It goes almost without saying that aft er the collapse of the Napoleonic empire, discussion arose throughout Western and Central Europe about its institutional legacy in the field of the criminal justice system and the combatting of crime. And given the history of that legacy, it is equally obvious that that discussion was permeated by all kinds of philosophical ideas, religious beliefs, and political theories. Ideas regarding crime and criminals naturally played an important role in this.
This chapter begins by considering the discussion of the prison system. In many countries, the comprehensive reorganisation of that system that gradually took place was more noticeable than the reform of the policing system. In some countries, that restructuring was certainly not unimportant but it was not the subject of public discussion and scholarly polemics to the same extent as reorganisation of the prison system. But that is no reason to ignore the reorganisation of the policing system; it was important from a social perspective and, in particular, it paved the way for an increasing role of the police in how criminals were perceived and in the fight against crime. Reform of the judicial system and of the codified criminal law were generally of less interest than the reorganisation of policing. Relatively speaking, they were to a considerable extent bones of contention within a small political, academic, and professional elite made up of jurists. In this abridged version of the book, they will be left aside.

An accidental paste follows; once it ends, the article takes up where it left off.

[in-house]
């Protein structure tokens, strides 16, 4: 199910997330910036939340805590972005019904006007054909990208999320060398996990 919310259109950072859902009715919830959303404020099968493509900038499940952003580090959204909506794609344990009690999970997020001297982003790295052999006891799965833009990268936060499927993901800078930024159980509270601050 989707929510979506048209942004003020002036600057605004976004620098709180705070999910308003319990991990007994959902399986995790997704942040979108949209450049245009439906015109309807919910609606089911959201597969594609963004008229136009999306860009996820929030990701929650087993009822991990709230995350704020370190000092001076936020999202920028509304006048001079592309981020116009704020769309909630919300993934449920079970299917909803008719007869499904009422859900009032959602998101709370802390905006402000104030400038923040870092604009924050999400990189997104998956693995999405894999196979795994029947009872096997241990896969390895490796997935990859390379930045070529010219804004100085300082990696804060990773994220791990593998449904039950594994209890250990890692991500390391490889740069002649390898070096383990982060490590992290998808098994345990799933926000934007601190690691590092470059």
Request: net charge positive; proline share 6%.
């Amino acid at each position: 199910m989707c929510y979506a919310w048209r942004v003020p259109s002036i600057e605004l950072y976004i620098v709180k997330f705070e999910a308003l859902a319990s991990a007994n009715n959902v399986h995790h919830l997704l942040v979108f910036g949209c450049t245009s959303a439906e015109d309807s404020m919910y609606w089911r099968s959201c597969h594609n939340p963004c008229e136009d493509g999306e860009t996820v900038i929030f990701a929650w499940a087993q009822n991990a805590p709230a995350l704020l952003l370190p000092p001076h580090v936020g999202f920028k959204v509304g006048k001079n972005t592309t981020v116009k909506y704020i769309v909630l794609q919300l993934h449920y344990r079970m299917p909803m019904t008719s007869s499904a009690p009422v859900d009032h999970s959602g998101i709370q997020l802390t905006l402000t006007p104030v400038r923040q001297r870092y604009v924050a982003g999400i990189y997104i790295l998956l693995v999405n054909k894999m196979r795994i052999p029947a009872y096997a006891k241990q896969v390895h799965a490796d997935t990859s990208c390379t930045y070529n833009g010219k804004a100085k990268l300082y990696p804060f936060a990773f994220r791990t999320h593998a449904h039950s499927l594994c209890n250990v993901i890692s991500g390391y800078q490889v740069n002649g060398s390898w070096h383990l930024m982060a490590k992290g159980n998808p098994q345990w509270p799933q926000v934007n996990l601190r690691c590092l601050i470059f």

The focus of the second part of this chapter is on the nascent scientific study of crime and criminals. The decision to deal with the various topics in this order is deliberate. The institutions that were gradually established made it possible to pursue this new science, for example by compiling statistics, but they also required scientific research in order to function in an acceptable manner.
Following on from these considerations, an account will be given of how a number of academic researchers in the mid-nineteenth century attempted to develop a clear picture of crime and its perpetrators. On the one hand, there was someone like Franz Gall who – in the wake of thinkers such as Lavater – adopted a more biological perspective on these issues, while on the other there were statisticians such as Adolphe Quetelet who introduced the sociological study of them.